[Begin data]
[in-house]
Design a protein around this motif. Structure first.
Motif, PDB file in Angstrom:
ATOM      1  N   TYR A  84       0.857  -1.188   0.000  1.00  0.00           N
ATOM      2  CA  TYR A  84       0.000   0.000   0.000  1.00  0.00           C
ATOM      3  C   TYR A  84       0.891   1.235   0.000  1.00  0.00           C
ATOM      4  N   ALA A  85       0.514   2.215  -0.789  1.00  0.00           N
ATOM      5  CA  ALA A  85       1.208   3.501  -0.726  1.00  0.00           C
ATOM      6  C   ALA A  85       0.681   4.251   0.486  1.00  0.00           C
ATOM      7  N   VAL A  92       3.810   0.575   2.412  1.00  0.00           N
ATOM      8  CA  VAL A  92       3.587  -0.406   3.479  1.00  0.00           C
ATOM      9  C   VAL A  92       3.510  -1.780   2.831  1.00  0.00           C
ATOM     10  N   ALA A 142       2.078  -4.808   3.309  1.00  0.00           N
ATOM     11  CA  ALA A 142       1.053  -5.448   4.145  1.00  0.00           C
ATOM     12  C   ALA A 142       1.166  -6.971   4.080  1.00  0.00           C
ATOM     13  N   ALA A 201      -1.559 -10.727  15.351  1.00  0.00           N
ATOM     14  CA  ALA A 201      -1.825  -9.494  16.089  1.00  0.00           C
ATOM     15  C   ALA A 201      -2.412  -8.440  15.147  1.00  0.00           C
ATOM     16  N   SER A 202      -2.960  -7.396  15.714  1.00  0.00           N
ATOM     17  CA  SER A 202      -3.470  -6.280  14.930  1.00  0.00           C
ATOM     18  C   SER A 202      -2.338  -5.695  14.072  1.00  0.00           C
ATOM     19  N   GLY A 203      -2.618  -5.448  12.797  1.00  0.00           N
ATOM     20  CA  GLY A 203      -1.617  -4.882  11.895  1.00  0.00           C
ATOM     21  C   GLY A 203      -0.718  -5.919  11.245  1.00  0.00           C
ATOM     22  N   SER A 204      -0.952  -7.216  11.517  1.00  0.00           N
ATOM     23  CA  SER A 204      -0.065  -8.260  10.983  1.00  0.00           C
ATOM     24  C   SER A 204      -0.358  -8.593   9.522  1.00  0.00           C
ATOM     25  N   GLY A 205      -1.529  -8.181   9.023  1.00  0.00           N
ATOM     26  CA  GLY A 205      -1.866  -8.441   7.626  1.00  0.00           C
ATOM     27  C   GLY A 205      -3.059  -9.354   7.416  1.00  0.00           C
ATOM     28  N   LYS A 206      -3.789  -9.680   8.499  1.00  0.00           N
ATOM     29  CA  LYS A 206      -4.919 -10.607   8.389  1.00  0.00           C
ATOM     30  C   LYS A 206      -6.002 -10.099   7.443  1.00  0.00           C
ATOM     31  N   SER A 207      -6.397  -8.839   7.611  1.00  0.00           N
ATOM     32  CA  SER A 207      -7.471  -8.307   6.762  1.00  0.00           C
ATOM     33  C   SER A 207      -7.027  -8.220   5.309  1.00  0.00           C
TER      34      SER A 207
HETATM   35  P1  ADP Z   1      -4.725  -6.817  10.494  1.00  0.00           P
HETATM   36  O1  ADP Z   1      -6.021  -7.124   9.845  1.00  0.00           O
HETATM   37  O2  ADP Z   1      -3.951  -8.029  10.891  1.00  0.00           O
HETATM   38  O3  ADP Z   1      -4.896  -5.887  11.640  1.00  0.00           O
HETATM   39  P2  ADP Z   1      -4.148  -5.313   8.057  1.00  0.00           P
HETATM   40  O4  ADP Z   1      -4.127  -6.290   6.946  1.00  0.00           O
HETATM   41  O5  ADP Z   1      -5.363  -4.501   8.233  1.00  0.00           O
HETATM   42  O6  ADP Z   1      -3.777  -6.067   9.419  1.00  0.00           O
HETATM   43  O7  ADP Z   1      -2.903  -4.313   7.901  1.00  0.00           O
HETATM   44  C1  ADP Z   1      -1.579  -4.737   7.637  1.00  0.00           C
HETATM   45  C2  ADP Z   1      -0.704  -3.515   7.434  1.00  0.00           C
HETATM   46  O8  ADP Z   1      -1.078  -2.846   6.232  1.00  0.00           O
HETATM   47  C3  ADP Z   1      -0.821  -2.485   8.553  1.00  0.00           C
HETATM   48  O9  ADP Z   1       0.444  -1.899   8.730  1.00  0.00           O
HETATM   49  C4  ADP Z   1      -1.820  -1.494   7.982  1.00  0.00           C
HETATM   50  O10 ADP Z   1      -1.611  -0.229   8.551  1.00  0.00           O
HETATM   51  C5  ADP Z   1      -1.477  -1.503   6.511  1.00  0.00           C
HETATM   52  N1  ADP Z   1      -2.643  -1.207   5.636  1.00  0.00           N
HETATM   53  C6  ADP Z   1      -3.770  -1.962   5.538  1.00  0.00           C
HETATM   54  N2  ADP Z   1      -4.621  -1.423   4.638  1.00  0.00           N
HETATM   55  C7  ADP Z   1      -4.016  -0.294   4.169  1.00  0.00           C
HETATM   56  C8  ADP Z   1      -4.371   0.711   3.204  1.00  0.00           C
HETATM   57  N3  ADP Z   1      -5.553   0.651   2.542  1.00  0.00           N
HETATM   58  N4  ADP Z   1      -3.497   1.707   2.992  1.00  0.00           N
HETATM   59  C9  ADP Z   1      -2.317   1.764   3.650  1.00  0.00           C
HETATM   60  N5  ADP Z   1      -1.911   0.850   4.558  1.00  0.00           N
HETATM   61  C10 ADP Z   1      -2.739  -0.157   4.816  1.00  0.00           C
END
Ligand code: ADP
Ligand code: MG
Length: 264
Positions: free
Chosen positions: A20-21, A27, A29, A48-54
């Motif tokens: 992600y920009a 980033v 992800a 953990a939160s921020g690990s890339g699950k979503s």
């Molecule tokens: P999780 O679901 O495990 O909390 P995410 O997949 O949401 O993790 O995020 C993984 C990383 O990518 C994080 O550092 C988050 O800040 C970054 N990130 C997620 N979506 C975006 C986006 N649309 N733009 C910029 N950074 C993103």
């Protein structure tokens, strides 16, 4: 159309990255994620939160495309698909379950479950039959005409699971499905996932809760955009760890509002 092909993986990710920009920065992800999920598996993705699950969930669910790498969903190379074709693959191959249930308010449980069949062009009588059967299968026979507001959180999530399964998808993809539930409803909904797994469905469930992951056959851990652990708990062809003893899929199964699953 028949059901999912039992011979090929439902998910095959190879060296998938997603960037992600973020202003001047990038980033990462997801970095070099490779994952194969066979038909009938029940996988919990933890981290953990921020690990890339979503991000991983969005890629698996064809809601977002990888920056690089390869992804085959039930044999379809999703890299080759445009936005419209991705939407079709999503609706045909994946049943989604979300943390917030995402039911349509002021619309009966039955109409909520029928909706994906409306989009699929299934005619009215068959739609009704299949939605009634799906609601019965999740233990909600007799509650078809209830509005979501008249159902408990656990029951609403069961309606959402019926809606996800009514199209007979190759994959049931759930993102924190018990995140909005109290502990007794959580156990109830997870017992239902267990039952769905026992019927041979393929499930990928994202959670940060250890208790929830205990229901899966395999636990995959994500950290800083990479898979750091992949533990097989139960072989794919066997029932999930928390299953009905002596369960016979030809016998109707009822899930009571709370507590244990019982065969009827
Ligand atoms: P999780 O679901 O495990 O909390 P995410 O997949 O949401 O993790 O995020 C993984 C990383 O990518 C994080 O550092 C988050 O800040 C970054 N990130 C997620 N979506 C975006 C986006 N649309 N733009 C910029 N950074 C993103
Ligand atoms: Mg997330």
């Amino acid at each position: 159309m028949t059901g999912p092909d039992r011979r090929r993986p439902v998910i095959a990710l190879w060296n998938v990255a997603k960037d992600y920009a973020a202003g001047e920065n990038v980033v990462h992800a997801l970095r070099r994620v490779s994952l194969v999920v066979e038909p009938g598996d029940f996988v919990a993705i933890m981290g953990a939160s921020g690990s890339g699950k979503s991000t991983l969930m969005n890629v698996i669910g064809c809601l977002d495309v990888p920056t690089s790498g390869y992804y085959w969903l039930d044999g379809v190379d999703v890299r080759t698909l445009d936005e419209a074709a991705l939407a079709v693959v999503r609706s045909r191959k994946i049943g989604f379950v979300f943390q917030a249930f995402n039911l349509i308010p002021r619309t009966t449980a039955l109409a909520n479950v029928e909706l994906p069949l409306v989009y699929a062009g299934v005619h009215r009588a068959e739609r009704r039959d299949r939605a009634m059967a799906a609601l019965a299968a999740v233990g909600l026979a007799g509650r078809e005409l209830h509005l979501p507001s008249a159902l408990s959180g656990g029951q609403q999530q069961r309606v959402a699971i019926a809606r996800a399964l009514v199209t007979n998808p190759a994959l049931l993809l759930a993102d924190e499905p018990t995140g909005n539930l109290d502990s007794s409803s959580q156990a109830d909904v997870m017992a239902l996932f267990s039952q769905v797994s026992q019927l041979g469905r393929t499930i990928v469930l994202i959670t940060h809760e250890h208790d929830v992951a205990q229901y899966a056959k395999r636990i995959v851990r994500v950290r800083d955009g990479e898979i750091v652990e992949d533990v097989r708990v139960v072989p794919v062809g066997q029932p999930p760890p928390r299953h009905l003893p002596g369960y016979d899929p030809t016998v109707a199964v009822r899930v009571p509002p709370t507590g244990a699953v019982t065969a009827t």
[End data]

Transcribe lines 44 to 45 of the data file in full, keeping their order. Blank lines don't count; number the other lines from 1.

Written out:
HETATM   41  O5  ADP Z   1      -5.363  -4.501   8.233  1.00  0.00           O
HETATM   42  O6  ADP Z   1      -3.777  -6.067   9.419  1.00  0.00           O